Sculpting a love for art at Lew-Port
Piece by two local artists opens new Center for the Arts
By Angie Lucarini
firstname.lastname@example.org 7 hrs ago
Angie R. Lucarini/contributor Michael Hibbard and Dan Buttery stand in front of the sculpture they were commissioned to do for Lew-Port’s new Center for the Arts.
Sculpting a love for art at Lew-Port
Angie R. Lucarini/contributor Principal Jake Taft, art teachers Cindy Sanchez, Carrie Popielski, Brett Coppins and Michael Hibbard and Dan Buttery, pose with the sculpture that Hibbard and Buttery completed for the school's new Center for the Arts. The group is now working together to create an art gallery at the school which will be open to the public.
“Choose a career path that allows you to do what you love and doesn’t feel like work. This will result in happiness,” says Michael Hibbard, local artist and restaurateur.
Hibbard, owner of The Gallo Coal Fire restaurant in Lewiston, recently joined forces with some former teachers, as he and business partner, Dan Buttery collaborated on a new artistic endeavor to showcase the new Center for the Arts at Lewiston-Porter High School.
The project is a 15-foot contemporary sculpture piece which includes a lancer helmet in the lobby at the high school. The project is now growing beyond a single sculpture.
“We have since installed that piece, and have been talking to the superintendent about an overall art project and expansion of a gallery space open to the public, which he has approved” Hibbard said.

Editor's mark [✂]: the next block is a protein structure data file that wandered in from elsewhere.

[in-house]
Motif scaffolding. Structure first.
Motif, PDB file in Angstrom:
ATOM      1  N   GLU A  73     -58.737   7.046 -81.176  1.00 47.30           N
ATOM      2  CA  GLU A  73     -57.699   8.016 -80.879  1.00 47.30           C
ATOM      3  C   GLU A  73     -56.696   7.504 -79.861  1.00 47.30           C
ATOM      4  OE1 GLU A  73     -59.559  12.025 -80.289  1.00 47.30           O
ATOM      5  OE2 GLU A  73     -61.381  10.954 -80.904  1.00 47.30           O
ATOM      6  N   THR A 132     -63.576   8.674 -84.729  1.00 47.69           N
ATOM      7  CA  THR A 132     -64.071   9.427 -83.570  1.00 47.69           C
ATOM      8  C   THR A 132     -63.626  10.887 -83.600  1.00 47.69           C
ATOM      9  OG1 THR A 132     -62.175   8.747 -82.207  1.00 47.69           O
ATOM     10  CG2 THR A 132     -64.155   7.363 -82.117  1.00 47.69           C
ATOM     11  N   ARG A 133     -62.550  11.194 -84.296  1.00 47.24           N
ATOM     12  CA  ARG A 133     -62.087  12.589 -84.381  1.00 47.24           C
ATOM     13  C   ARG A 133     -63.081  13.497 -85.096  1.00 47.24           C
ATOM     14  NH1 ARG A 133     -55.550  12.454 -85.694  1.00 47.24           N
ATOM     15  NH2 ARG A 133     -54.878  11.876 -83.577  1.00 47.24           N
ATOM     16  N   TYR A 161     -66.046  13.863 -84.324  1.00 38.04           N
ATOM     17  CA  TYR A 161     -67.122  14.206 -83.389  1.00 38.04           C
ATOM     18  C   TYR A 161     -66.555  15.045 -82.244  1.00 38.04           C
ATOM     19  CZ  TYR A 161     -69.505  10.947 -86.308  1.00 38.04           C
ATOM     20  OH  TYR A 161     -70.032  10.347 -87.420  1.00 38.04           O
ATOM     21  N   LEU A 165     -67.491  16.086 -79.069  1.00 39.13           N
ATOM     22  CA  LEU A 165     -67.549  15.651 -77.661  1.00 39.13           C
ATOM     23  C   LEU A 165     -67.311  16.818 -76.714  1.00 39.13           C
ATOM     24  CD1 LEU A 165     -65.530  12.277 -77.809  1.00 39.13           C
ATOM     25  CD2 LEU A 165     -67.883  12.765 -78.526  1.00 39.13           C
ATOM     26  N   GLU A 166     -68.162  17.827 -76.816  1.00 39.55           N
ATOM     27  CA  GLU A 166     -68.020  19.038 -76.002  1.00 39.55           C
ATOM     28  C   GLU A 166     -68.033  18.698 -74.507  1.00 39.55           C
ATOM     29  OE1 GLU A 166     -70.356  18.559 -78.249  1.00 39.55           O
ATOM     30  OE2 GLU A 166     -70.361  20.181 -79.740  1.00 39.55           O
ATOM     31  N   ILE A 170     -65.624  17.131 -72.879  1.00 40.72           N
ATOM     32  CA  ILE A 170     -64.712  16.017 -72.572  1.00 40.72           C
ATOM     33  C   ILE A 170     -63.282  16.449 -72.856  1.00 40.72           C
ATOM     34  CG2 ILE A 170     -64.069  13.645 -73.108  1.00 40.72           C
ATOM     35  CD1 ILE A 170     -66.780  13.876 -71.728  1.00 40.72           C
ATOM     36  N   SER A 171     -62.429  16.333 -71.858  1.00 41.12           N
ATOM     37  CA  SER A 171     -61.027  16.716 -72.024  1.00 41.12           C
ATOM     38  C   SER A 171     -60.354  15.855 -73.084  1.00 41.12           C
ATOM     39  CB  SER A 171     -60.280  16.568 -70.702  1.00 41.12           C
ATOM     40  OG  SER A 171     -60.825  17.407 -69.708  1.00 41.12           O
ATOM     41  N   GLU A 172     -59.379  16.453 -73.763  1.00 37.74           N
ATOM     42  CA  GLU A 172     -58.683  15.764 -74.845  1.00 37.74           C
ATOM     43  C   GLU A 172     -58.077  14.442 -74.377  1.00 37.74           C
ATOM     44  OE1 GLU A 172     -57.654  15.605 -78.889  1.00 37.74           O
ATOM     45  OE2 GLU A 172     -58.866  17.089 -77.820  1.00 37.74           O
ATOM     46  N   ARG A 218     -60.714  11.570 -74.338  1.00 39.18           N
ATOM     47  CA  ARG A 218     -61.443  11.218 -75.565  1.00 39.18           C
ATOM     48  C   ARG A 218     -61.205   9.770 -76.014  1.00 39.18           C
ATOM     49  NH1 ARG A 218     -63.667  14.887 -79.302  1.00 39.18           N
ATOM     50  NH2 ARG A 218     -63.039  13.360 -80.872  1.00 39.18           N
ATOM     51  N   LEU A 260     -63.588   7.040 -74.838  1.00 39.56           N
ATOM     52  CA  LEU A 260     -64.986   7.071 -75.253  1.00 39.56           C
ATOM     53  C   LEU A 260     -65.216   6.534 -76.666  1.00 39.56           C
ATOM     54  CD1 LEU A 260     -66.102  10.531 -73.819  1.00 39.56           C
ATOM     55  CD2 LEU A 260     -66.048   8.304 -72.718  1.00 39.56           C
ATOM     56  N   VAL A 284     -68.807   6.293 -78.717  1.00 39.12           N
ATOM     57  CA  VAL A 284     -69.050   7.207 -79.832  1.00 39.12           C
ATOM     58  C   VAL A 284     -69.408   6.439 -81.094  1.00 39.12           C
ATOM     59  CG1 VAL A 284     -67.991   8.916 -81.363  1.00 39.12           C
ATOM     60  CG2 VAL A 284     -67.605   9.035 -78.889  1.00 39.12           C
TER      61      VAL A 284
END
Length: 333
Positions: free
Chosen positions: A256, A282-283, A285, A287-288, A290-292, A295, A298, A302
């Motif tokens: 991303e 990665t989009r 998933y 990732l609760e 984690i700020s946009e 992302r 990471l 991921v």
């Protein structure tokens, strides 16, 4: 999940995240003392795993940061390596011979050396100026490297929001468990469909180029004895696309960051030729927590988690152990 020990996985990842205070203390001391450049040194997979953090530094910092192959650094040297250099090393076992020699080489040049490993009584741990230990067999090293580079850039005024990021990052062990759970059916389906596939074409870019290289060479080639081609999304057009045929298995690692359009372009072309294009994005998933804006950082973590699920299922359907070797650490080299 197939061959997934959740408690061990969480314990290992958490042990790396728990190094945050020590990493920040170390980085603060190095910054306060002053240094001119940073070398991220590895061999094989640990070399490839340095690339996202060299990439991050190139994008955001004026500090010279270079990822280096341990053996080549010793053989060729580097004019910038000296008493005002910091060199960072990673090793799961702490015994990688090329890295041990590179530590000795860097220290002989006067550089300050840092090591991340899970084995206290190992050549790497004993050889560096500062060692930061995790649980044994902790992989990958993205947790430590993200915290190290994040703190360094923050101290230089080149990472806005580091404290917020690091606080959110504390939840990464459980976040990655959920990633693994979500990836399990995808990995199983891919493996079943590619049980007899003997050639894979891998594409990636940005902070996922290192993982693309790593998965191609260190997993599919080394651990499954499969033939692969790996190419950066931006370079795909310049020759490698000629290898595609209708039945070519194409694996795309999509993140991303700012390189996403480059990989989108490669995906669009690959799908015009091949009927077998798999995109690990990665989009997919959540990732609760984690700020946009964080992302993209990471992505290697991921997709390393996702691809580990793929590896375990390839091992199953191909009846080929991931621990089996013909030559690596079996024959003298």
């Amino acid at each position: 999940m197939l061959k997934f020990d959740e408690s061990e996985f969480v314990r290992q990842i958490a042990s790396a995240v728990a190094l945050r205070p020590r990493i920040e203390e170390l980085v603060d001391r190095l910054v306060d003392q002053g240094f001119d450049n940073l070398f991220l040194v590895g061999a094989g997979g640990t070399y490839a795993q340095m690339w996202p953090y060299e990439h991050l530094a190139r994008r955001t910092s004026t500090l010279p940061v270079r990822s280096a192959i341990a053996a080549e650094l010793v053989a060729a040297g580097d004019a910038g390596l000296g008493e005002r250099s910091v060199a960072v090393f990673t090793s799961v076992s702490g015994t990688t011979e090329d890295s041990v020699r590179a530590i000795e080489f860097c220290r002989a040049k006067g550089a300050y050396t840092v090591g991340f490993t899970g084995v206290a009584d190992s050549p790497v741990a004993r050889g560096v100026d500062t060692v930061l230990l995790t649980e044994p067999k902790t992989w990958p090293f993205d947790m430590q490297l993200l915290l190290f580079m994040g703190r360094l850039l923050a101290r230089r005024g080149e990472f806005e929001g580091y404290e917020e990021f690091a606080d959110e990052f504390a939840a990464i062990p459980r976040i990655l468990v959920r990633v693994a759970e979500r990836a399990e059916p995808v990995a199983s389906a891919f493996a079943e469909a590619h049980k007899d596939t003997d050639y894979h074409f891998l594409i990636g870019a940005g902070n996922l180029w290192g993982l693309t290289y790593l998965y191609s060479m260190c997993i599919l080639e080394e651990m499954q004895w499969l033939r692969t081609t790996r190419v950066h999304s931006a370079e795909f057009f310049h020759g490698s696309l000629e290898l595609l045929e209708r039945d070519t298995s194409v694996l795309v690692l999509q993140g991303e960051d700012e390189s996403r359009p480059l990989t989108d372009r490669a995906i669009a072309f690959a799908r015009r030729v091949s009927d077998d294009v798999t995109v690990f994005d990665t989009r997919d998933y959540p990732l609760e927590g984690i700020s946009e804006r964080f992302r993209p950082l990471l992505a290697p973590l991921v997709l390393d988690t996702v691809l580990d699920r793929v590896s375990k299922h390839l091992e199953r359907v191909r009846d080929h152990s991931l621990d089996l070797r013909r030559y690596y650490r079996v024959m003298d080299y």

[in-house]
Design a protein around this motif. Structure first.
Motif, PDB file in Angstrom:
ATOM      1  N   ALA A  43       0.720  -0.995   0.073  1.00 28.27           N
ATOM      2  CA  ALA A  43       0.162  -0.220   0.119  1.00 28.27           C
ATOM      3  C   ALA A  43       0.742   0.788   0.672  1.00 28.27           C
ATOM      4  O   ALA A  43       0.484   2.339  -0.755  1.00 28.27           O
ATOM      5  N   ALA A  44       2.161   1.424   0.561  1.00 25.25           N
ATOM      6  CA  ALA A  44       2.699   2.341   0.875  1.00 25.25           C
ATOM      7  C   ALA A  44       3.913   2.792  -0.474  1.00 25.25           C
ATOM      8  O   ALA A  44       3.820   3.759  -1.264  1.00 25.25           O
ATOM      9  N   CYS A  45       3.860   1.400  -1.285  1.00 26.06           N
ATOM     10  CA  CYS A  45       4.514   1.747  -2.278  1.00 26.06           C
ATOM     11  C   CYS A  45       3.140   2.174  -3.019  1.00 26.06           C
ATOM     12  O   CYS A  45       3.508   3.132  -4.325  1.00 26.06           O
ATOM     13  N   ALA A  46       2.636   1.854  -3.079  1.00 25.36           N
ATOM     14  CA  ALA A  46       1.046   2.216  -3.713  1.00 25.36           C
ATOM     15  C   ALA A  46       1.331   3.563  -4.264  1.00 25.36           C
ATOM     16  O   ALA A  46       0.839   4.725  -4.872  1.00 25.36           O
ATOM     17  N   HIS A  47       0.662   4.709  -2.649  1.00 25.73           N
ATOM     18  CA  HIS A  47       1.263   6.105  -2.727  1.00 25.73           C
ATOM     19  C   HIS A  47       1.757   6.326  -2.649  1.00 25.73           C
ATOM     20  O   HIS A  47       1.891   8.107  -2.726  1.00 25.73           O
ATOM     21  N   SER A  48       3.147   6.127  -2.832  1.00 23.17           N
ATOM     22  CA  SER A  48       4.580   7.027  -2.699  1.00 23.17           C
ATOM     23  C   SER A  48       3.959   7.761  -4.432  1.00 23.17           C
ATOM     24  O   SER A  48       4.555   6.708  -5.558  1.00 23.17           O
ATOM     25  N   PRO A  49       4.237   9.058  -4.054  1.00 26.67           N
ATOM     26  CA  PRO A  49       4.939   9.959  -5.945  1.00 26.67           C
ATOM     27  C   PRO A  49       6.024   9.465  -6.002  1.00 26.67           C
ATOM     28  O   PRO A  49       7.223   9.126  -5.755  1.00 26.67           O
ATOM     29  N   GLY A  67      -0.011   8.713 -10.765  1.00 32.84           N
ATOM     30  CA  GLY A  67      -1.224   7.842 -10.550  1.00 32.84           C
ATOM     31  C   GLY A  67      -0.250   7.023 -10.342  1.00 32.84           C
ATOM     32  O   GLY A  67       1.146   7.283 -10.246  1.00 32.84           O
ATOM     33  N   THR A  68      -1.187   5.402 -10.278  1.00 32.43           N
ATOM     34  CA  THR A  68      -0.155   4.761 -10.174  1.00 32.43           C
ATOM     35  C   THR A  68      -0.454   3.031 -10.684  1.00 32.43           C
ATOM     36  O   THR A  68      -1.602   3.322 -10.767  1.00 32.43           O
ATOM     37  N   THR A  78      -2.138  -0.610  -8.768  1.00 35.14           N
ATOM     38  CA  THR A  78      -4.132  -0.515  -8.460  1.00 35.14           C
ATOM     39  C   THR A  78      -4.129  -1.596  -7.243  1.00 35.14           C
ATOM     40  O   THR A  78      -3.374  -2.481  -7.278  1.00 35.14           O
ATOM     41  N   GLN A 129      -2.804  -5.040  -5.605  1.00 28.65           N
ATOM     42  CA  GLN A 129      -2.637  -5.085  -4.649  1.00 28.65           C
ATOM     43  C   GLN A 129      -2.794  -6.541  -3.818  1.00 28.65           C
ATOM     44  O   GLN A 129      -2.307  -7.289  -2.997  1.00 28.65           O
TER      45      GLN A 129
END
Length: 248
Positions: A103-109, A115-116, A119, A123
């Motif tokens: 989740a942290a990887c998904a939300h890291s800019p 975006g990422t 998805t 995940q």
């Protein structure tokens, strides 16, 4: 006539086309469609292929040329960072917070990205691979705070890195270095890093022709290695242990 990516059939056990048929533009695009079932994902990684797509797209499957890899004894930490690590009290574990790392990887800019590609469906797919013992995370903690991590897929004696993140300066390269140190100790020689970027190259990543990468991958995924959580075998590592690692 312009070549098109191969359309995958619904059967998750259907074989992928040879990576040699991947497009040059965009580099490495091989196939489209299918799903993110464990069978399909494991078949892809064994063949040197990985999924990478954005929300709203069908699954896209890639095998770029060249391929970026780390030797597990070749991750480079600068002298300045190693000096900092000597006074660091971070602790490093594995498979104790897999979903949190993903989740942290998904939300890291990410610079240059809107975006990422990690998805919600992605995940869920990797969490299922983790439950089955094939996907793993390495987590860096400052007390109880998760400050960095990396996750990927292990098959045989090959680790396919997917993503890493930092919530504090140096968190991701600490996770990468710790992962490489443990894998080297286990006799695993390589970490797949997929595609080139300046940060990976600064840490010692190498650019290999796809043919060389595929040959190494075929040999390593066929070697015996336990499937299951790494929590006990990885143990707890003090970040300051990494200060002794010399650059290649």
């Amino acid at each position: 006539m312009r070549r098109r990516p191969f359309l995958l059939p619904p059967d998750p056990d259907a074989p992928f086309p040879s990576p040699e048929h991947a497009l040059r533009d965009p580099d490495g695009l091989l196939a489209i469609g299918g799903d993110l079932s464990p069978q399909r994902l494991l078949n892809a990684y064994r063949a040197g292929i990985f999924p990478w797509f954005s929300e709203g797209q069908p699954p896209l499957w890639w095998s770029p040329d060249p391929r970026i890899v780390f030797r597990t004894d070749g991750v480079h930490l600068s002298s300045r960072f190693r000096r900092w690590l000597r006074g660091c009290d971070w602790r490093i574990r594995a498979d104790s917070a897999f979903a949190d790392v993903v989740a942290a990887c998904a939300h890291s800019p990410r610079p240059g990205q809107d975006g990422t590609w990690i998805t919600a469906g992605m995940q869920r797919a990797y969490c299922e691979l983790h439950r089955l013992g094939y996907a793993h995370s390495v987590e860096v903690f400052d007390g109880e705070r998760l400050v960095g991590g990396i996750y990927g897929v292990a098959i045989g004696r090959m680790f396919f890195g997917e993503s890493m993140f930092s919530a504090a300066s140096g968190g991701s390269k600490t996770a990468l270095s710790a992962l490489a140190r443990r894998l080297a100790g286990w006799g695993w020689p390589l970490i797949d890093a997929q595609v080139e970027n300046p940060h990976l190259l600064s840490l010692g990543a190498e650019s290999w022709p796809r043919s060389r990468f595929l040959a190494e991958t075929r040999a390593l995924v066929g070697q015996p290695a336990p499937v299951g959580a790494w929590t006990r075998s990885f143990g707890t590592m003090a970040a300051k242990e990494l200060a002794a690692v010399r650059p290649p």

Hibbard and Buttery first met at Lew-Port, where they both attended school. “We really didn’t become good friends until I started construction on Gallo where we really hit it off,” recalled Hibbard.
Though they met before, years earlier, they had never really talked about their work. It wasn’t until a couple of years ago that a mutual friend would bring them together again. “We have similar visions with artwork and we can relate with our businesses,” Buttery said.
Hibbard’s restaurant is decorated with Buttery’s metal sculptures because, though Hibbard is passionate about cooking, he also has a love for industrial design.
Buttery began his love of art long ago as a kid. “Growing up, I always had an interest in buildings, car design and construction, which is reflected in a lot of my work.”
His inspiration came from his father. “As a young kid, I would watch my father who was a mechanic and woodworker,” Buttery said. From there, he went on to welding, metal fabrication, and painting and restoring cars, his favorite being his ‘69 Chevy pickup.
Art teachers Brett Coppins, Cindy Sanchez and Carrie Popielski, all of whom taught Hibbard, are collaborating with Hibbard and Buttery to create the new gallery.
“It’s a really amazing experience to be able to work with two alumni and a former student that come and make such a significant piece and integral addition to our school, as we transition this wing into the Center For The Arts,” Coppins said.
The new gallery, where students, teachers and local artists will be able to showcase their work, will be part of the new Center for the Arts in the school’s newest renovated area.
With his collaborations with Hibbard now displayed at the high school, Buttery hopes to encourage young people today. He believes that art is everywhere, in clothes, music, even in food. When asked what advice he would give to students, he said “Don’t limit yourself.” “Try to learn everything and anything you can to be a stronger and smarter person. I have learned a lot of different things in order to be able to create art and furniture pieces.”
Unilaterally, these teachers, artists, and administrators have expressed hope about this ongoing project, including the principal, Jake Taft. “For me, it anchors a purpose in terms of creating students that can contribute to society, as our artists Mike and Dan have contributed back to their alma-mater as community members and alumni,” Taft said.
For more information, go to email@example.com, www.danbdesigns.com or call the school at 286-7263.